CHATAction choreographer Colin Handley on the dynamics behind orchestrating a stunt
Colin Handley, the Australian fight choreographer and stunt performer who has worked in over a 100 Hollywood movies and television shows, recently gave a lesson or two about fight sequences to the students of acting at the Asian Academy of Film & Television (AAFT) in Noida.
Handley, who has worked with actors such as Arnold Schwarzenegger, Sylvester Stallone and Van Damme, said, “Stunt is an important aspect of filmmaking. It is important for an actor to know how to express actions such as slap, jump and tumble."
He taught the technique behind a stunt to the students through this workshop. He said stunt is a specialised technique, and training, a must to learn these techniques.
About the response to the workshop, he said some were quick learners.
Handley, trained in martial arts and taekwondo, has been in the profession for 30 years. He said, “Fitness, attitude and courage play a very important role in performing stunts. We keep training all the time.”
Stunts have taken huge leaps forward, especially in Hollywood. New technology, special effects and CGI (computer generated image) help stunts look real and bigger, said Handley. “A stunt is teamwork and good preparation gives the desired effect.”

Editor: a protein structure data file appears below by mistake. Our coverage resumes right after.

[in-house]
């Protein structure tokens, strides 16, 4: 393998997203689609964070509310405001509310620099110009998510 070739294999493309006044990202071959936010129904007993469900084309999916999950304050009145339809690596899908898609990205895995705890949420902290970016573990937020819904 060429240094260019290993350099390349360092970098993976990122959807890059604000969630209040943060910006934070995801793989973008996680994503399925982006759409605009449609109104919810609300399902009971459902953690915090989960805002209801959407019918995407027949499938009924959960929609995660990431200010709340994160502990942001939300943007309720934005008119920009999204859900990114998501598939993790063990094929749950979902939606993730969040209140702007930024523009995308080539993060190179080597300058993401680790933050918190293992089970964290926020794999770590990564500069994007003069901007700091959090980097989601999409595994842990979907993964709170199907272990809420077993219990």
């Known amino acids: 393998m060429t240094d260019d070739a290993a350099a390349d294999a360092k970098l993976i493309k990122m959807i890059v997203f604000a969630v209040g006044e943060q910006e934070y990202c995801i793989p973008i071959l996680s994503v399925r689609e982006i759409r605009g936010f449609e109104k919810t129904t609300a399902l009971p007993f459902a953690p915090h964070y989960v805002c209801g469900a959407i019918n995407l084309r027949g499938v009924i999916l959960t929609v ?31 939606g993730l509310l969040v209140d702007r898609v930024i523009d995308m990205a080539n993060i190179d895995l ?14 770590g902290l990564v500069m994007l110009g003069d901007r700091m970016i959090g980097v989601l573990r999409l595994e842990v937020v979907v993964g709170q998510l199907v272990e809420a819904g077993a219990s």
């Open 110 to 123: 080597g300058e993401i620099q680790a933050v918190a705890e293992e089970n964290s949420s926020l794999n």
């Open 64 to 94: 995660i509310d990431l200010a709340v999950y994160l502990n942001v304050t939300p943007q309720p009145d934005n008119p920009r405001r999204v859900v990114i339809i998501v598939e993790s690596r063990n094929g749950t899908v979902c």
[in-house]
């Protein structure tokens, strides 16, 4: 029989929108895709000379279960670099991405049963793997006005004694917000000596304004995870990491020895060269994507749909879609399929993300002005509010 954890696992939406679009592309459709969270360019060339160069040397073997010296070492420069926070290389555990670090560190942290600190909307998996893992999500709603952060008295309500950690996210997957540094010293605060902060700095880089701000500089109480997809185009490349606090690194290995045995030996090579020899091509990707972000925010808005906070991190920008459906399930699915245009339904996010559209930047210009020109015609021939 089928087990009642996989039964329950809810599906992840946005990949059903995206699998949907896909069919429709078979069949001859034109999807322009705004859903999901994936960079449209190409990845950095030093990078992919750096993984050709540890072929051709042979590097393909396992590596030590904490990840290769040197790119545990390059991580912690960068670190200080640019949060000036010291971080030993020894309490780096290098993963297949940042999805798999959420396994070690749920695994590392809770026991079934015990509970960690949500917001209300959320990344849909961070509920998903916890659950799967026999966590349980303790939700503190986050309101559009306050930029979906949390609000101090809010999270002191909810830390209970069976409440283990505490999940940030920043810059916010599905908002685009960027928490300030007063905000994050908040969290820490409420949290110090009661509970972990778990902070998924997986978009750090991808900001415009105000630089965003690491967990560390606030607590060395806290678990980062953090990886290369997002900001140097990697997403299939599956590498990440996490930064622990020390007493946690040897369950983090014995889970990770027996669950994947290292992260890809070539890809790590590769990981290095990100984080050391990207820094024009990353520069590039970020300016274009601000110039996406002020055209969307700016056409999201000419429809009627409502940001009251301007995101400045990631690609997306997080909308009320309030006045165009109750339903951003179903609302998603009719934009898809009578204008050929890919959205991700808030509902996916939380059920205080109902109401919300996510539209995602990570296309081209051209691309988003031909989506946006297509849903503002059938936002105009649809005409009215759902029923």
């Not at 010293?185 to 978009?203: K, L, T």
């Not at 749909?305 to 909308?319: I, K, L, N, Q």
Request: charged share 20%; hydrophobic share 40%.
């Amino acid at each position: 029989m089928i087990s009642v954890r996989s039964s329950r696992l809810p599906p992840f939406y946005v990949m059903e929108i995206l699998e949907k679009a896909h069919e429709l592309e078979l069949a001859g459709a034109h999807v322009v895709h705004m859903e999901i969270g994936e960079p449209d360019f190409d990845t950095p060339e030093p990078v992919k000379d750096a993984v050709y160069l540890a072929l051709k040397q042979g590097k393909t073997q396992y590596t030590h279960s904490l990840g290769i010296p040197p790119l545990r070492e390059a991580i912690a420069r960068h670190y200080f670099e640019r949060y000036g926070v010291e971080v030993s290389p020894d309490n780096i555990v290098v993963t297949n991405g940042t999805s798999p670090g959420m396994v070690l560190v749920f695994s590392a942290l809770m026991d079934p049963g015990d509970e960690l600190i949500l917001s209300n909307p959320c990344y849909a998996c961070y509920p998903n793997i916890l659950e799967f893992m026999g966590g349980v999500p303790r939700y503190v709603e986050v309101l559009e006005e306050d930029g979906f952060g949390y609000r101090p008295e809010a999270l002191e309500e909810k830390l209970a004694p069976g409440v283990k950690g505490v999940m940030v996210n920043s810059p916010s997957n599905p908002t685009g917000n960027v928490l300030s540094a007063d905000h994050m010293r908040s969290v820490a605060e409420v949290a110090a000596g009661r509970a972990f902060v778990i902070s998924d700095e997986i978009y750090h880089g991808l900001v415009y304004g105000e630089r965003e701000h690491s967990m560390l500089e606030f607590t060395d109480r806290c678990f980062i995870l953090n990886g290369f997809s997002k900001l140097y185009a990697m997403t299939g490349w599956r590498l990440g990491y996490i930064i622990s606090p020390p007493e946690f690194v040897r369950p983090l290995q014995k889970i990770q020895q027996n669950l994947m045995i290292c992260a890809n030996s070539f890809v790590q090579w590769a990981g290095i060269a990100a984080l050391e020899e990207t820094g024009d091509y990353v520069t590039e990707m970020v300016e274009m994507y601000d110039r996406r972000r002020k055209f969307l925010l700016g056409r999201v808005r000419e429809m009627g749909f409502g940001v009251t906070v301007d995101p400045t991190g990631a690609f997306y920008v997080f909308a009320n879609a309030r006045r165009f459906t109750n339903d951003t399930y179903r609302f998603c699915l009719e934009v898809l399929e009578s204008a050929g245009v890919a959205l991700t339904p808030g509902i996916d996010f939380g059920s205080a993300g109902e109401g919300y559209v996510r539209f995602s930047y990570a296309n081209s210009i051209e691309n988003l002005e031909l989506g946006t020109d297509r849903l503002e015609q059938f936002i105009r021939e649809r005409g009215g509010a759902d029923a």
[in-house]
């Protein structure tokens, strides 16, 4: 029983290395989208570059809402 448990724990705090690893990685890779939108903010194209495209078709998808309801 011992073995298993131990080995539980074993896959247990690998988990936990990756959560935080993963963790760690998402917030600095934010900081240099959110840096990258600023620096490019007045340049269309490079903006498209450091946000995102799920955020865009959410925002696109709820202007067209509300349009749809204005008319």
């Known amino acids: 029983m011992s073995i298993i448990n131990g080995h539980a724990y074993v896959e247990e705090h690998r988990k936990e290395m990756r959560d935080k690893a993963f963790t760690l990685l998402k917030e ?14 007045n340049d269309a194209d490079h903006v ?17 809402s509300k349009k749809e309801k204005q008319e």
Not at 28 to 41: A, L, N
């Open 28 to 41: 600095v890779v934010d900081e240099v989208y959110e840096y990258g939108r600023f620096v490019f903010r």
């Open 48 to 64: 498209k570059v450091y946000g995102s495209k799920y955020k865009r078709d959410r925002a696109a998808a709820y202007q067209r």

On his third visit to the AAFT in the past five years, Handley said he was trying to understand the stunt culture in the Indian film industry.
“I have not seen many Indian films, but I am beginning to do so. I love to watch actors such as Akshay Kumar and Hrithik Roshan. And I want to work in India. I have met some people. But, I am still waiting for an offer,” he added. About the Indian filmmakers' fascination for Hollywood action directors, Handley said, “There are some good action directors here, but there is a paucity of experience. Further, filmmakers don't give them much opportunity to show their talent. I think, in the coming years, Indian action directors and stuntmen will do a good job. Akshay Kumar performs his stunts himself and if I am not wrong he also knows martial art.” Asked about the risk factor in action, Handley said, “There is always a sense of fear. But, we enjoy it when action is executed according to the demand of the film and the script.”